Advertisers frequently make the mistake of putting out one ad, one time, and waiting to see what happens. If it works, they think, they’ll do it again. And, if it doesn’t, they won’t. The odds are very strong the ad won’t work because their ad strategy is, in effect, spitting into the wind. To understand why, let’s take the analogy a bit higher and drier. Let’s go kite flying.
Imagine your ad is a kite on a long string and you fly it once for 5 minutes. That’s a long time because the average ad is seen or heard for less than 30 seconds in broadcast, and under one minute in print. How many people do you think will have seen your kite and commented on it?
What if your kite stays up for hours on end? That’s called Frequency – meaning that you’re giving consumers several options for seeing your kite over time.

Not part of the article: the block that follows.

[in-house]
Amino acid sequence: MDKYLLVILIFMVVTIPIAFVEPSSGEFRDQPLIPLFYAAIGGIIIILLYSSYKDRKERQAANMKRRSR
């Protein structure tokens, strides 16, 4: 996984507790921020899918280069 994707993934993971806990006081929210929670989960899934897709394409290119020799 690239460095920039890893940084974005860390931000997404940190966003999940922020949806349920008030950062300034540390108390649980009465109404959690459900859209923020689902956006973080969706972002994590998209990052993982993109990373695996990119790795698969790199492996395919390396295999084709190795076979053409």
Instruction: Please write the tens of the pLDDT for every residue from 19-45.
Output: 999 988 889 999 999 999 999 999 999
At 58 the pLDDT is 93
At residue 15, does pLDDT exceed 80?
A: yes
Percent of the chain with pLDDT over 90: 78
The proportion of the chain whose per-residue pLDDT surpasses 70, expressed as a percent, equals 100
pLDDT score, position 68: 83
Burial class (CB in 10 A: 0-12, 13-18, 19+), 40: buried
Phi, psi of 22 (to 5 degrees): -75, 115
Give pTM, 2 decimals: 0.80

Finally, fly your kite on a crowded beach during the height of summer. That’s called Reach. You’re reaching thousands more people than if you flew the same gorgeous kite for the same amount of time in a desolate area.
Now, let’s assume your kite is a plain white kite. Even if it’s the only one in the sky, it may get overlooked as it blends with the clouds. It is not distinctive. In this case, it’s seen but not remembered and has no impact. Make your kite colorful, or extraordinarily designed, and it now stands out. That’s called getting noticed, the first key component in an increasingly cluttered competitive field.
But, what if you need your kite to be noticed during a windy day when everyone’s come out to fly kites? You might be better off having that plain white kite to set you apart from the sea of colorful kites. In design that’s a positive use of negative space, or differentiation.
The Walk-away: Ads that work let you successfully fight the battle for client attention and send your business soaring. But, as the Wright Brothers knew, flying successfully takes practice and planning. Advertising, like aerodynamics, is a science. Study the principles and you could be flying in no time like a trained pro.